China's state-controlled media lashed out at the United States on Monday, accusing Washington of "trouble-making" over criticism of Beijing's claims to a wide swathe of the disputed South China Sea, AFP reports.
China's ire was provoked by a US State Department statement Friday expressing concern over increased tensions in the area and criticising Beijing for establishing a new city and military garrison on an island in the waters.
The Chinese foreign ministry reacted Saturday by summoning a senior US embassy diplomat, who was told Washington must "respect China's sovereignty and territorial integrity".
The China Daily newspaper kept up the heat Monday, stating in an editorial that the US statement "has deservedly evoked curses on the street" and describing it as "outright trouble-making".
It said the US criticism of Sansha, the new city China established last month in the Paracel Islands to back its claims, "displays stunning disregard for the principle of non-interference in another country's internal affairs".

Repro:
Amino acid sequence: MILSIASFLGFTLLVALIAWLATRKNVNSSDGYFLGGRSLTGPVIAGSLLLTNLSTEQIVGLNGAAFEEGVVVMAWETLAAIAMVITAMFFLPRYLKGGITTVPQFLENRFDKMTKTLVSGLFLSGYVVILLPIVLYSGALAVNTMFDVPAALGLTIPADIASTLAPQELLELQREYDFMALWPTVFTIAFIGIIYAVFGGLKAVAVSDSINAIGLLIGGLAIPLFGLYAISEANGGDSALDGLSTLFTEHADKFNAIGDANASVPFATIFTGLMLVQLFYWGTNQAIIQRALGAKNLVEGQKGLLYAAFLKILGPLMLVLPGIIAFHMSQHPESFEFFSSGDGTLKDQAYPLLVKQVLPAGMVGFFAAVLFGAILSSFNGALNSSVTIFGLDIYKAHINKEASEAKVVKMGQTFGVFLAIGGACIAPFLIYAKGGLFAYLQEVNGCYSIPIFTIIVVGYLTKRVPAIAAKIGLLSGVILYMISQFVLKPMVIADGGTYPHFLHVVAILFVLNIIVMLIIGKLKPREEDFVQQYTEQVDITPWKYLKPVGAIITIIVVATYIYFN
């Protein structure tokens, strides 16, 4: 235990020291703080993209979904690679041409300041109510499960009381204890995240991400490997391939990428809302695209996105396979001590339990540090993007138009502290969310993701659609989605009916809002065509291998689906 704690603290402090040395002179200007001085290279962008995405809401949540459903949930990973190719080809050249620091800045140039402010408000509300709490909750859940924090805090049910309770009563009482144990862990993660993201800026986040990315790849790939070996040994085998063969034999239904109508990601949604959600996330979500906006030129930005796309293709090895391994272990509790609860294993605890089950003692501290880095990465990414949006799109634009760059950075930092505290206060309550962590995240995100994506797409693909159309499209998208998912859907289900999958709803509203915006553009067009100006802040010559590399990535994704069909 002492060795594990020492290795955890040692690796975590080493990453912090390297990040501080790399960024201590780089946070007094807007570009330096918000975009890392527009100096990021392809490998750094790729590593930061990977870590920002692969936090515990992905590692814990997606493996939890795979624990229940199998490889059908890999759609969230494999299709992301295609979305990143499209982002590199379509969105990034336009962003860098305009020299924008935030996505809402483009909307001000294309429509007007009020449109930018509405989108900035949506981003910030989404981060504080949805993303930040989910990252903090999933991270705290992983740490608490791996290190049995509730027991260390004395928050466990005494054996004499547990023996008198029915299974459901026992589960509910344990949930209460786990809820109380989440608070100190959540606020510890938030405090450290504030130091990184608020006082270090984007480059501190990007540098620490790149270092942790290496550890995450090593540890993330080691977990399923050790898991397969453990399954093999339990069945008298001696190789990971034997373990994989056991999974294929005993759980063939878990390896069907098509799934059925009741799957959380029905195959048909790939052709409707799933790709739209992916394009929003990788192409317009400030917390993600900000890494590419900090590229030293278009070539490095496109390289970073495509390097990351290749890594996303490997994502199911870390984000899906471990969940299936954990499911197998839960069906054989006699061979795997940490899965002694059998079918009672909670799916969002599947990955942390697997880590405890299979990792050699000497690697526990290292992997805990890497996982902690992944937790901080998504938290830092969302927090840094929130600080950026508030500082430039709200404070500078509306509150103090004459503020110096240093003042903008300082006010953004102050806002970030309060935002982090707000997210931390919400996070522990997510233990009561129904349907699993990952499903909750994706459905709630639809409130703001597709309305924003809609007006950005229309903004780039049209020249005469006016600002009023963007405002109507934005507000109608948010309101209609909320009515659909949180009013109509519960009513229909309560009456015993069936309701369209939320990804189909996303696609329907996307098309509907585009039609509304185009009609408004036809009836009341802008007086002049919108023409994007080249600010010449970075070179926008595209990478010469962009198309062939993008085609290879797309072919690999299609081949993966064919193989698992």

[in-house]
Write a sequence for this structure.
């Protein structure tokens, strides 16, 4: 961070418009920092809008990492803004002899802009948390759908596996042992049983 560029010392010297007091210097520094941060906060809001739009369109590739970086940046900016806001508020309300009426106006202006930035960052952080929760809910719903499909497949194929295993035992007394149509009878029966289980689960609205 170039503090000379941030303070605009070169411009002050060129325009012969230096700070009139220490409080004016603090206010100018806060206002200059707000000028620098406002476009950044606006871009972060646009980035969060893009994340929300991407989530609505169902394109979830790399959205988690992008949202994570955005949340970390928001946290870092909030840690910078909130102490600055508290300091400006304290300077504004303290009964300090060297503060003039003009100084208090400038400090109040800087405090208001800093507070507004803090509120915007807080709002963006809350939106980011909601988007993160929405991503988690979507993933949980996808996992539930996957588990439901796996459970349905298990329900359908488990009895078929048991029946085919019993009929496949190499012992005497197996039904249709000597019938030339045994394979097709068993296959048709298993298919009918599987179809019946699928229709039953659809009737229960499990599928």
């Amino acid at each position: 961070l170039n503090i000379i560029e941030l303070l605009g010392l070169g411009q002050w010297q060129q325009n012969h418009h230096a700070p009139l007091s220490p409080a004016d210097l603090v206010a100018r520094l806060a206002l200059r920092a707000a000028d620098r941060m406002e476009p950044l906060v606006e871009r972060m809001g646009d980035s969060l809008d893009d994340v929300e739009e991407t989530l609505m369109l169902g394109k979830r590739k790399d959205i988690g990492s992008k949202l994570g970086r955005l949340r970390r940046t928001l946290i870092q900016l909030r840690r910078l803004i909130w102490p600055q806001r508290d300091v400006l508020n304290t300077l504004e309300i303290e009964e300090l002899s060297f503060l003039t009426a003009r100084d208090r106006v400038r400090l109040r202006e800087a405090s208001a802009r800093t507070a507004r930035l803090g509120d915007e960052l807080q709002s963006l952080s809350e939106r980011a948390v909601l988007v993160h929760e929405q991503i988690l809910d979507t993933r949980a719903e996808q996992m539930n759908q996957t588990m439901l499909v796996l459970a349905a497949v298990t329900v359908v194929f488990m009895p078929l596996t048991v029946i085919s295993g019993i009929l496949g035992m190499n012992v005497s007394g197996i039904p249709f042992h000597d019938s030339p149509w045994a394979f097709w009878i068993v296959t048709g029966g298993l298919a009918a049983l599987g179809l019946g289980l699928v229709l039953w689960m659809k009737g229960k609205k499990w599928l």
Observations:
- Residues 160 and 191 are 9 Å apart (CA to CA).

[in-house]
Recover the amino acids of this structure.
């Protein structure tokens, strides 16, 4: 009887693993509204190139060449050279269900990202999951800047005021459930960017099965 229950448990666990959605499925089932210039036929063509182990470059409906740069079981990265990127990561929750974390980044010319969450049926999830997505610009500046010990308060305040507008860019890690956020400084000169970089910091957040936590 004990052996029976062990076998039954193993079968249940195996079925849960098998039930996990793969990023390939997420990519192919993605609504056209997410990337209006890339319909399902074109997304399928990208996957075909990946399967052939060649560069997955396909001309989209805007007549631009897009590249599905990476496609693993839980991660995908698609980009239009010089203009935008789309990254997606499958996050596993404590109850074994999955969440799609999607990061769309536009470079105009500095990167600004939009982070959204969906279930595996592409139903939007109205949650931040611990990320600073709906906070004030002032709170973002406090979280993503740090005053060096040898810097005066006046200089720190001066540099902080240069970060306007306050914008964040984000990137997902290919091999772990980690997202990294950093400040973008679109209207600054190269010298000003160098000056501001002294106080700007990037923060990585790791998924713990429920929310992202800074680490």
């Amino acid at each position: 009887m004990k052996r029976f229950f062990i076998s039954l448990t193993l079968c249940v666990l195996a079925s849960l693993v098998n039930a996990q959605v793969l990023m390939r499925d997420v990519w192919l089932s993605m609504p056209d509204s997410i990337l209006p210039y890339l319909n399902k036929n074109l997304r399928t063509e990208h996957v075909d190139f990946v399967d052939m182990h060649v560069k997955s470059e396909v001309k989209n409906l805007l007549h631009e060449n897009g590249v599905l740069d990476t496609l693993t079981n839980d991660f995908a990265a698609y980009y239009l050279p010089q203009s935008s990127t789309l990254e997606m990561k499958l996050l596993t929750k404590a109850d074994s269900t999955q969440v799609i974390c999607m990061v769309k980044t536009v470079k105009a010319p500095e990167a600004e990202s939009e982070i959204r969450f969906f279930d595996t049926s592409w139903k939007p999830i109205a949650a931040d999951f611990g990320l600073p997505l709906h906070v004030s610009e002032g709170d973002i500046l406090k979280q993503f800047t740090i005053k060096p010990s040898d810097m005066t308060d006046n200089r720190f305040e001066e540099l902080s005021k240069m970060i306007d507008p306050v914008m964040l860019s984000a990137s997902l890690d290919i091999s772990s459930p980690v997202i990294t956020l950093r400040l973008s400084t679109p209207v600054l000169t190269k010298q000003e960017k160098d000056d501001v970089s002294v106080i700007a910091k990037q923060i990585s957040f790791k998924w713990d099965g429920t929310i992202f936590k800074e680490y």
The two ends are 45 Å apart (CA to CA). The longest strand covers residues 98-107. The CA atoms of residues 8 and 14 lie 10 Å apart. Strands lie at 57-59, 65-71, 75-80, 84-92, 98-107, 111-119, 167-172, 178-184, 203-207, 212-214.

A commentary in the overseas edition of the People's Daily, the mouthpiece of the Communist party, used more colourful language, bluntly telling the United States to "shut up" on the issue.
"The statement by the US side confuses right and wrong, strongly misleads public opinion, sends the wrong signal and and should be sternly refuted," it said. "We can completely shout to the US: Shut up."
China, citing centuries of contact, says it owns much of the South China Sea, including the disputed Paracel and Spratly islands.
The Philippines, Vietnam, Brunei, Malaysia and Taiwan also claim parts of the sea as well, and the dispute has become more pronounced in recent months.
Friday's statement, issued by State Department spokesman Patrick Ventrell, said the US was "concerned by the increase in tensions in the South China Sea" and was "monitoring the situation closely".
The new garrison and city run "counter to collaborative diplomatic efforts to resolve differences and risk further escalating tensions in the region," the statement said.